The title of the movie is taken from an Irish toast, ‘May you have food and raiment, a soft pillow for your head; may you be 40 years in heaven, before the devil knows you’re dead.’
Directed by 83 year old master, Sidney Lumet (Serpico, Network, Dog Day Afternoon), ‘Devil’ is a gripping and moving cinema experience. Two brothers, Andy and Hank Hanson, need money, and fast. The manipulative Andy comes up with a plan for Hank to rob the jewellery store owned by their elderly parents, however the devil is in the detail, and things quickly go wrong, with disastrous consequences.
Lumet makes great use of chronological jumps backwards and forwards in time, and shows the same scenes from various characters’ points of view, to slowly provide the audience with more and more information about the story. Sort of like Memento, but a bit easier to follow.
The cast are brilliant – Philip Seymour Hoffman seems a strange choice as the bitter and twisted Andy, though he pulls it off well (and gets to enjoy one of his rare on-screen pants-off moments – not a pretty sight); Ethan Hawke is perfect as the bumbling and downtrodden Hank; Marisa Tomei provides a nice balance as Andy’s unsatisfied wife Gina (her pants-off moments make much better viewing); and Albert Finney is convincing as Charles Hanson, the patriarch of the family. The stars feed off each other expertly, and bring newcomer Kelly Masterton’s excellent script to life.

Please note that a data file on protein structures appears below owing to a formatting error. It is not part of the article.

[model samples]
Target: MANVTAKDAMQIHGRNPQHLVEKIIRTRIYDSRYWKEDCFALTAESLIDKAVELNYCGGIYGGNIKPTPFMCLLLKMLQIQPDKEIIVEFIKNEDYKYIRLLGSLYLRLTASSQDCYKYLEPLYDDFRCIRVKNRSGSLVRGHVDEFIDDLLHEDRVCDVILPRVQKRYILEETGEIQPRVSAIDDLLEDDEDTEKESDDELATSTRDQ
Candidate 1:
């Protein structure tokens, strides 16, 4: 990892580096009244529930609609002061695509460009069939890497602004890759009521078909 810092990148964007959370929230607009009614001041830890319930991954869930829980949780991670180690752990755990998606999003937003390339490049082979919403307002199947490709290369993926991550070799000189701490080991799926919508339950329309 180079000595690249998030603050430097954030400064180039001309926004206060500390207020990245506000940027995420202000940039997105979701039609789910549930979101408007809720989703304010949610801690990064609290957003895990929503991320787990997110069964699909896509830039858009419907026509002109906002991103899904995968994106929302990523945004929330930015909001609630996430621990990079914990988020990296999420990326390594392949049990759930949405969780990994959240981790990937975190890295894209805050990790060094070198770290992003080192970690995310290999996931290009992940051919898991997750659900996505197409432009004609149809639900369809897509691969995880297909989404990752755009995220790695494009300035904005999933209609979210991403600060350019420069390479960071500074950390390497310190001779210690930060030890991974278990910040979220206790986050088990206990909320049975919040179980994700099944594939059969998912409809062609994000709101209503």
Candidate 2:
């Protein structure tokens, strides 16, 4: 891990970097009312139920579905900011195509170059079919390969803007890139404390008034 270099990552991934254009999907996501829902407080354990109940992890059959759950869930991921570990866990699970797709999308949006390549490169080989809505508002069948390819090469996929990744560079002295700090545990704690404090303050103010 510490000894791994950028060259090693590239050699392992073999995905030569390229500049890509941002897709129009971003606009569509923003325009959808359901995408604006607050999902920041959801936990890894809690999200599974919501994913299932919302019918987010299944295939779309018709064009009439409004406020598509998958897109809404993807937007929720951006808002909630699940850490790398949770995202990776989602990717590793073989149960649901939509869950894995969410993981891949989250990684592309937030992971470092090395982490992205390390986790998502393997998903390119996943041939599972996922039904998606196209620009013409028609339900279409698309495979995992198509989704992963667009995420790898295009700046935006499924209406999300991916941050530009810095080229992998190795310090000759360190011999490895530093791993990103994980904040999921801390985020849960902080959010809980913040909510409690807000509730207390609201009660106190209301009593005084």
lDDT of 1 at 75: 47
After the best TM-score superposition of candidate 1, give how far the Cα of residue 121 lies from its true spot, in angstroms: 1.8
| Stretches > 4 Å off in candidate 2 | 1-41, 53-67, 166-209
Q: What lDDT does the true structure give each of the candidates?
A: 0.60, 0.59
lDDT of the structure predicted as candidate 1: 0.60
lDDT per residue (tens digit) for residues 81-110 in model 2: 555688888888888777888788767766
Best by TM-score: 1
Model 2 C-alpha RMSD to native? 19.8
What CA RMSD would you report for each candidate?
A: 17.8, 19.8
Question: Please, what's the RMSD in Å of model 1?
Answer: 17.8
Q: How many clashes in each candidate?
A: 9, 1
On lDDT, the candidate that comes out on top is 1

Only a couple of criticisms: I thought a couple of Hoffman’s scenes were a bit overplayed, and the ending was a little unsatisfying, but overall, ‘Devil’ was an entertaining film and earns 4 stars.
The movie was also memorable for the complete stranger who sat next to me and peppered me with movie questions and commentary before and after the film. A strange dude indeed. Wakes thought he had a thing for me. Methinks chemicals played some role in his strangeness…